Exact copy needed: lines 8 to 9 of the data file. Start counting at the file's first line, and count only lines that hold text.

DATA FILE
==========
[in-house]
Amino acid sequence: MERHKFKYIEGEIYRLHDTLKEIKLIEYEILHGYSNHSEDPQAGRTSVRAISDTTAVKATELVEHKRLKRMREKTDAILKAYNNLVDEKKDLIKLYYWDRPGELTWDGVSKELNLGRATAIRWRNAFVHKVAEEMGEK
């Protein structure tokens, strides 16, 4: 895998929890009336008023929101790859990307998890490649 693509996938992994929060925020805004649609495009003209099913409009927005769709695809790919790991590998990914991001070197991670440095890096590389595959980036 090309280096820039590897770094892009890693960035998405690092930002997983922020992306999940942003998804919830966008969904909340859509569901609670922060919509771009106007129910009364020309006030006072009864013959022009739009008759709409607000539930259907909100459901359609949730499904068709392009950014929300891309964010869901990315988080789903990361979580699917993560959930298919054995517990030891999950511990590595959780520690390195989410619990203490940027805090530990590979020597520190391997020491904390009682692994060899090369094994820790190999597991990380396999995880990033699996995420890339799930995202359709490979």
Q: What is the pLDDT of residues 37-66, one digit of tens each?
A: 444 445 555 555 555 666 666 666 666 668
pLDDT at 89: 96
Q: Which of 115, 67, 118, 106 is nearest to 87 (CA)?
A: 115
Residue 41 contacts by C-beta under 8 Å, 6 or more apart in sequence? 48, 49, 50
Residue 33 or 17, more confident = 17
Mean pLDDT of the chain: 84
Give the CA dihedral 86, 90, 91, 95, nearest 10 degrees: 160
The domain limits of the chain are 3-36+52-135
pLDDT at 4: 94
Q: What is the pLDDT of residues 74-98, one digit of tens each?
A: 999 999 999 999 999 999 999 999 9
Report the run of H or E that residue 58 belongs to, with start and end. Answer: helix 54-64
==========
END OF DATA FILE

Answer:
A: 115
Residue 41 contacts by C-beta under 8 Å, 6 or more apart in sequence? 48, 49, 50